WIRED UK September 2017

WIRED is the Magazine for smart, intellectually curious people who need and want to know what’s next. WIRED will always deliver stimulating and compelling content and stunning design and photography. If you want an inside track to the future, then WIRED is your magazine.

United Kingdom
Conde Nast Publications Ltd
6 期号


creating wired

Not that button! Our photographers always go the extra mile to capture the perfect shot, but Spencer Lowell (above, right) went over and above when he crawled into a corpse-dissolving resomator in the name of work. “Since we couldn’t photograph an actual body, I figured I could use my own,” he says. “I felt completely safe in there. Dean Fisher (left) is the nicest person I’ve ever met and I trusted him… but I did ask my assistants to tackle him if he tried to turn the machine on. The inside of the chamber smelled like seafood on a humid day – it’s impossible not to think about death when you’re in there.” China’s tech makeover This issue’s features opener (p101) shows a Willow plate, screen-printed by Edwards & Lockett in Stoke-on-Trent. Lovely.…

why it’s always day one for jeff bezos and amazon

M ost organisations shroud their strategy in secrecy, worried that revealing their blueprints and tactics could erode competitive advantage or diminish their ability to adapt to changing market conditions. One notable exception is Amazon, the online retailer that has achieved near-ubiquity in the way that we buy, sell, compute, read, search and, with its recent acquisition of Whole Foods, eat. Tech companies like to talk about changing the world. In most instances, this can be dismissed as hyperbole or braggadocio. In the case of Amazon, however, it’s true. Since it was founded in 1994, the Seattle-based company has fundamentally altered the lives and behaviours of hundreds of millions of people – and forced any entity that attempts to compete with it to innovate. Competitors should note that Amazon founder Jeff Bezos…

a well-oiled machine

Every day, the Abu Dhabi National Oil Company (Adnoc) extracts around three million barrels of oil and 270 million cubic metres of raw gas from 5,000 metres below the sea’s surface. Its oil rigs off the coast of the United Arab Emirates stretch deep into bedrock beneath the Persian Gulf. Adnoc begins by performing a seismic survey of the site they want to drill. “This is when we send signals to the ground and it reflects back, so we can identify the areas where oil and gas exist,” explains Qasem Al Kayoumi, manager of Adnoc’s technical centre. Once Adnoc has identified a site, it can start drilling. Rigs are raised and slid into place by a cantilever. “We connect the wells to pipelines, which take the oil and gas to facilities where…

pinot noir from the clone cellar

Alec Lee clones wines in his laboratory – no grapes required. As co-founder of Ava Winery, he’s built a 460-square-metre facility in San Francisco to assemble vino from scratch, molecule by molecule. First up: an initial batch of five that includes a Pinot Noir and Moscato d’Asti. “The thesis is to give people access to luxury foods in a way that hasn’t traditionally been possible,” says Lee, 28 (pictured). To achieve this, eight scientists at Ava mimic the hundreds of compounds that give a wine its taste, aroma and body. In the lab, they use gas and liquid chromatography coupled with mass spectrometry: techniques that reduce substances into their component parts. “This allows us to take a raw material, separate each molecule, then identify and quantify it,” Lee explains. This way they…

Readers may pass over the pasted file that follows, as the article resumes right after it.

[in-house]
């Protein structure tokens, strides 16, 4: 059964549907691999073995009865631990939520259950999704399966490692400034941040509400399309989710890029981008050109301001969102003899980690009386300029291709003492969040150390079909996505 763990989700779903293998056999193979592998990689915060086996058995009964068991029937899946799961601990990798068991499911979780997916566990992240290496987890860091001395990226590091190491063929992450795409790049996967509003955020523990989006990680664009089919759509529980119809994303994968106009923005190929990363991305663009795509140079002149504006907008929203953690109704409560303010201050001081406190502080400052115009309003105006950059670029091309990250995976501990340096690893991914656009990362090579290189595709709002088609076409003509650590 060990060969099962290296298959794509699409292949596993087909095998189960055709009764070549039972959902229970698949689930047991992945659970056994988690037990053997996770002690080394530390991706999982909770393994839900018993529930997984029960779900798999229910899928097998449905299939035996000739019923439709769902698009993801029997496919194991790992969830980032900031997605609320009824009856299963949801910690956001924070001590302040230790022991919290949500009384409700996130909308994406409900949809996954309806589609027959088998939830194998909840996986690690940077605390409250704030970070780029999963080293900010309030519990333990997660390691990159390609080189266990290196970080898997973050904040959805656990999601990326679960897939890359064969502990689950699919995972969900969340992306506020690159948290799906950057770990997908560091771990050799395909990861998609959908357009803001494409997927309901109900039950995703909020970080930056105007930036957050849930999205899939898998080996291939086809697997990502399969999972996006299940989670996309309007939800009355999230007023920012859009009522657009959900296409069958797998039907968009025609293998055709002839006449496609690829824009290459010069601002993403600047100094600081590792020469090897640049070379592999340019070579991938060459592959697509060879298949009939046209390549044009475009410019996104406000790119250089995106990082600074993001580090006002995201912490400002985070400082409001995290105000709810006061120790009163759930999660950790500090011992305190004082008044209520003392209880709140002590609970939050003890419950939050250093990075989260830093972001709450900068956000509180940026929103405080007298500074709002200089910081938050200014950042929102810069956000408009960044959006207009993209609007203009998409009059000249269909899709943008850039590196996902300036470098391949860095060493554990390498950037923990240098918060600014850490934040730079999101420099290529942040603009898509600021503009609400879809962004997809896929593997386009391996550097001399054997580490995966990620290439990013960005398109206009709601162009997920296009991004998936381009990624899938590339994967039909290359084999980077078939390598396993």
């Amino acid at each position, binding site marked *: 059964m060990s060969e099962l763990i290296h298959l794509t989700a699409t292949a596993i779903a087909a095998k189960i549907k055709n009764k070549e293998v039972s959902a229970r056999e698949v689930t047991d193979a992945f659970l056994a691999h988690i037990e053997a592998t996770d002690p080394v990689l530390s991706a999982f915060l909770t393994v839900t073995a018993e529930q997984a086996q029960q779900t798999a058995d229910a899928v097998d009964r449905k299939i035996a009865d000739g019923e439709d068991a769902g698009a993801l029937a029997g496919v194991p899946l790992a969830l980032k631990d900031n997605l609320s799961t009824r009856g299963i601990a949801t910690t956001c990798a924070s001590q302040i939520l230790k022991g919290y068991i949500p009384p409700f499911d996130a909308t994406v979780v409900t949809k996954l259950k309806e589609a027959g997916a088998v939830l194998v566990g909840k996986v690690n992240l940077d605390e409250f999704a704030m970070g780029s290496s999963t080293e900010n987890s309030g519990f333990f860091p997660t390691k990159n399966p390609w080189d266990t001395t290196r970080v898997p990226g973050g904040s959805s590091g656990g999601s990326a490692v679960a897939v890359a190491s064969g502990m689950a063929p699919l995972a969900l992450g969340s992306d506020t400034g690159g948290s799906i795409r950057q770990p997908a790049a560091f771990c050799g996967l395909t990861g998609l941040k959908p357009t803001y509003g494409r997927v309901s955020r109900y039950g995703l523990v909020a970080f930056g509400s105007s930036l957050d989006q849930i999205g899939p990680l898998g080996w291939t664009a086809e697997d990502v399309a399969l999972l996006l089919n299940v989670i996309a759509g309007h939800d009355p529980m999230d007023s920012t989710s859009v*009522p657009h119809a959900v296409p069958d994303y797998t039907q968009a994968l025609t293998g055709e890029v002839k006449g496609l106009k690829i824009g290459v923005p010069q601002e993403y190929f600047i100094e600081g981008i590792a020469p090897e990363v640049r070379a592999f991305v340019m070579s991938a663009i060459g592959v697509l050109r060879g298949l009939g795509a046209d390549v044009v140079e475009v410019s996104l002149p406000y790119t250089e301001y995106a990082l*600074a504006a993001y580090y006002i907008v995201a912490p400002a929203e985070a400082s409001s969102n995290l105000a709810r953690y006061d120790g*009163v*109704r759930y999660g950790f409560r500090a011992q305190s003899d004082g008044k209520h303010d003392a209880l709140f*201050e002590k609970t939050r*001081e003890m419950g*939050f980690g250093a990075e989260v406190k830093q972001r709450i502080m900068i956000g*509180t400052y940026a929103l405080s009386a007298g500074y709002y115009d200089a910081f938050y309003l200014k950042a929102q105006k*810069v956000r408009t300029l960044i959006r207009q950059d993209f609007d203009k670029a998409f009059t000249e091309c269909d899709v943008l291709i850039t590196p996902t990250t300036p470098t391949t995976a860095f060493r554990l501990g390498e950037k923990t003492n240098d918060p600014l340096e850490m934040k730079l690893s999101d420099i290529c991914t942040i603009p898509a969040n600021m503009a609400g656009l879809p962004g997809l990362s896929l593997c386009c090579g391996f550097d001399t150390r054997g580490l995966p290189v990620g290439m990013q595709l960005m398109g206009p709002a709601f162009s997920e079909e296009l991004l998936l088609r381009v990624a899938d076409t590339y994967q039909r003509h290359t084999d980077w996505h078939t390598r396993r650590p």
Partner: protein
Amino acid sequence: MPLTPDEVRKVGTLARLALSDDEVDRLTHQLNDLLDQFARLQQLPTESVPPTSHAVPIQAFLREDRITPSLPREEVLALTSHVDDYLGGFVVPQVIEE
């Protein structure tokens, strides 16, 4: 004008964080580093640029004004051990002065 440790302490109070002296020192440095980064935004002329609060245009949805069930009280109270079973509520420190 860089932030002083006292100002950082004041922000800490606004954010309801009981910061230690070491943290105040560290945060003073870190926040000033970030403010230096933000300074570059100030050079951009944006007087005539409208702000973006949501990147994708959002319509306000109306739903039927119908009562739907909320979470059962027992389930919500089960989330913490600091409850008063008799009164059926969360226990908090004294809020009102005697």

drop acid, not pills, for your well-being

The world is in the throes of a mental-health crisis, as depression and dementia afflict spiralling numbers of people. In March 2017, the World Health Organization declared that depression is the leading cause of ill health and disability worldwide. More than 300 million people are living with it, an increase of more than 18 per cent between 2005 and 2015. But help is at hand – if we can reach out and grasp it. A group of drugs long considered taboo is poised to transform the way we treat mental health. Recent research suggests that psychedelics – once regarded as a relic of the hippydippy 60s – could prove powerful tools not only to treat, but also potentially cure, many mental health problems regarded as chronic. Psychedelics do something that our current…

to catch a thief

The UK’s finger- and palm-print database, Ident1, has more than seven million sets in its archive. “Fingerprints are one of the few types of evidence that can tie the trace to an individual,” says Stephen Bleay, a government scientist at the Home Office’s Centre for Applied Science and Technology (Cast). Paper holds fingerprints well, so banknotes have long been one of the best places to find them. But the Bank of England is moving away from paper – it’s already introduced a polymer fiver, and a similar £10 note is due in September. “The new notes have lots of different materials and surface treatments within a small space,” says Bleay, 51. “A fingerprint on that doesn’t interact the same on each of those regions.” So, the 200-person team at Cast has spent…